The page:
Table of Contents

Real Estate and Deferred Lease Intangibles

Real estate investments are carried at cost less accumulated depreciation and amortization. The cost of real estate includes the purchase price of the property and leasehold improvements. Expenditures for maintenance and repairs are expensed as incurred. Significant renovations and betterments that extend the economic useful lives of assets are capitalized.

We evaluate the carrying value of all tangible and intangible real estate assets held for use for possible impairment when an event or change in circumstance has occurred that indicates their carrying value may not be recoverable. The evaluation includes estimating and reviewing anticipated future undiscounted cash flows to be derived from the asset and the ultimate sale of the asset. If such cash flows are less than the asset's carrying value, an impairment charge is recognized to the extent by which the asset's carrying value exceeds the estimated fair value. Estimating future cash flows is highly subjective and such estimates could differ from actual results.

For properties considered held for sale, we cease depreciating the properties and value the properties at the lower of depreciated cost or fair value, less costs to dispose. We classify properties as held for sale when all criteria within the FASB's Accounting Standard Codification ("ASC") 360, Property, Plant and Equipment are met.

We present qualifying assets and liabilities and the results of operations that have been sold, or otherwise qualify as "held for sale," as discontinued operations in all periods presented if the property operations are expected to be eliminated and we will not have significant continuing involvement following the sale. The components of the property's net income (loss) are reflected as discontinued operations include operating results, depreciation and interest expense (if the property is subject to a secured loan).

Expenditures for tenant improvements, leasehold improvements and leasing commissions are capitalized and amortized or depreciated over the shorter of their useful lives or the terms of each specific lease. Depreciation expense is computed using the straight-line method based on the following useful lives:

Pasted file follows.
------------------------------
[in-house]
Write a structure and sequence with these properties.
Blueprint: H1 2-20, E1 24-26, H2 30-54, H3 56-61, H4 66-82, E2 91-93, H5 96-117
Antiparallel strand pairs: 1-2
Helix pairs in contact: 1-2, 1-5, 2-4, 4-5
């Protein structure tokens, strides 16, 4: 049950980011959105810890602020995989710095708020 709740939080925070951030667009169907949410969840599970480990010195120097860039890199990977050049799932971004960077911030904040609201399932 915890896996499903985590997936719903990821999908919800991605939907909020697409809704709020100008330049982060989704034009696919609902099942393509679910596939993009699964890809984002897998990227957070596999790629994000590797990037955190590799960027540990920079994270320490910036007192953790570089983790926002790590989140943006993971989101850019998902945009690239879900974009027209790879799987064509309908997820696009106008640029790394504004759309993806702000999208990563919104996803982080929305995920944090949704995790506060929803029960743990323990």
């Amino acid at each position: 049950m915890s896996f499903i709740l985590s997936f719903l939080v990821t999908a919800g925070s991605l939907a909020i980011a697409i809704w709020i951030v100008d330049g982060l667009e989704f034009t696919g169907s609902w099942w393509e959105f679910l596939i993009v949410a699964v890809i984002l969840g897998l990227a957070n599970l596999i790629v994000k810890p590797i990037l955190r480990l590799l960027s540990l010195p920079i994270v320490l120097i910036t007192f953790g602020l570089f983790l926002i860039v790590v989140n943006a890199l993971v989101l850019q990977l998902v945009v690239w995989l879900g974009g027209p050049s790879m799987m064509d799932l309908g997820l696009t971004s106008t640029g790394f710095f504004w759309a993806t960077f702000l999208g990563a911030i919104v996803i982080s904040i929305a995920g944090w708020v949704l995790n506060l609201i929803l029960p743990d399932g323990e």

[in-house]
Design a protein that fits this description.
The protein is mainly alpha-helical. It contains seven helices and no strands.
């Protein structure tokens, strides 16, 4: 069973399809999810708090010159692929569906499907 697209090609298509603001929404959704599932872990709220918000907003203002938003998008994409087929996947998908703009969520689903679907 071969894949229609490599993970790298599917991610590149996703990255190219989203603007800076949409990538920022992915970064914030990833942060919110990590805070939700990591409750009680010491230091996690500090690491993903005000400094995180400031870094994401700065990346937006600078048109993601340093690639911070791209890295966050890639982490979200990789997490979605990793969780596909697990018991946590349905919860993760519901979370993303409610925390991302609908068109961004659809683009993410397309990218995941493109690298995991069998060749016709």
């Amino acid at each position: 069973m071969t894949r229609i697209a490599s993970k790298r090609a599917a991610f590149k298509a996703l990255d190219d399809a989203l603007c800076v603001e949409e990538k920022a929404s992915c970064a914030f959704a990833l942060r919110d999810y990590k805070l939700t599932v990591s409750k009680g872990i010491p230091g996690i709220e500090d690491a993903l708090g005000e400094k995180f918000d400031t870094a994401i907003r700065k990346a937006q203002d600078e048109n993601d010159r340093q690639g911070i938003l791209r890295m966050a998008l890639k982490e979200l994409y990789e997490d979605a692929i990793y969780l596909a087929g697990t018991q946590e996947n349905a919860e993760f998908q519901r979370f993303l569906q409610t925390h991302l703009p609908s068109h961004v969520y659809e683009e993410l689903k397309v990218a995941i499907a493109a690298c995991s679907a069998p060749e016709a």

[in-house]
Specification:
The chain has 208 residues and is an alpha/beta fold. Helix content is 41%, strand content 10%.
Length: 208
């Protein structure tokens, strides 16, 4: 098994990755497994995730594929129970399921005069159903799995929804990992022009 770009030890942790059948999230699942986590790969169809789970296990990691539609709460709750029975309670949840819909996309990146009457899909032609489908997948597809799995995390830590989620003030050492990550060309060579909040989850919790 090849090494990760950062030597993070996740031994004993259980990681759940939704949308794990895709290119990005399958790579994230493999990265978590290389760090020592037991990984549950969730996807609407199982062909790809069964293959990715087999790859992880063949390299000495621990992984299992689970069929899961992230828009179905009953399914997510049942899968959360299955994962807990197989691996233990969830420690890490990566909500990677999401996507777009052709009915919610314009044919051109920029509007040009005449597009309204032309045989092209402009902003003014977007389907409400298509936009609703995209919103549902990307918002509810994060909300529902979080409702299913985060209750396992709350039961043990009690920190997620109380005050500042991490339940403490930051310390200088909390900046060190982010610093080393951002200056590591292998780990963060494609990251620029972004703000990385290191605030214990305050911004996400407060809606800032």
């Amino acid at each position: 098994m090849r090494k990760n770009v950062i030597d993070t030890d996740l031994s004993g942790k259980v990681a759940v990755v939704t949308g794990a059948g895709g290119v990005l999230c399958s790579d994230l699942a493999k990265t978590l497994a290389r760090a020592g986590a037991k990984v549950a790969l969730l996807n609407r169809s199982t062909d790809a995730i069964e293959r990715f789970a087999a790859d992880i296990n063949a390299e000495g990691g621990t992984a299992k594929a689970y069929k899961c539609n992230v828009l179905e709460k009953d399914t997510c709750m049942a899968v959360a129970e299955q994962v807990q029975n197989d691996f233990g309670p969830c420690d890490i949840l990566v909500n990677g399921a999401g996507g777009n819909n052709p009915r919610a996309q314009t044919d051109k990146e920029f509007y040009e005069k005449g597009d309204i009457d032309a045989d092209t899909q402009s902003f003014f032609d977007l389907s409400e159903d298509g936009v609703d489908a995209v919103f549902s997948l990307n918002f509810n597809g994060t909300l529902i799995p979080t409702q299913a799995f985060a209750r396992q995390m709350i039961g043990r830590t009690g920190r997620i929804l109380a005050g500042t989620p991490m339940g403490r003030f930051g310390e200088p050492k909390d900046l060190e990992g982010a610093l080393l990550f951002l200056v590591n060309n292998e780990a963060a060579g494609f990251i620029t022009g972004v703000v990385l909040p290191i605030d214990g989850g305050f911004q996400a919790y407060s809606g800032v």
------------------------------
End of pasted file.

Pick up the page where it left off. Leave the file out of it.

Buildings                        40 years
Building and land improvements   5 - 20 years
Tenant improvements              Shorter of useful life or terms of related lease

We evaluate acquisitions to determine if the acquisition represents an asset acquisition or business combination, and we account for all business combinations in accordance with ASC 805, Business Combinations. Upon acquisition of a property, we allocate the purchase price of the property based upon the fair value of the assets and liabilities acquired, which generally consist of land, buildings, tenant improvements and intangible assets including in-place leases, above market and below market leases and tenant relationships, as well as the fair value of debt assumed. We allocate the purchase price to the fair value of the tangible assets of an acquired property by valuing the property as if it were vacant. Acquired above and below market leases are valued based on the present value of the difference between prevailing market rates and the in-place rates measured over a period equal to the remaining term of the lease for above market leases and the initial term plus the term of any below market fixed rate renewal options for below market leases that are considered bargain renewal options. The above market lease values are amortized as a reduction of rental income over the remaining term of the respective leases, and the below market lease values are amortized as an increase to rental income over the remaining initial terms plus the terms of any below market fixed rate renewal options that are considered bargain renewal options of the respective leases.


Table of Contents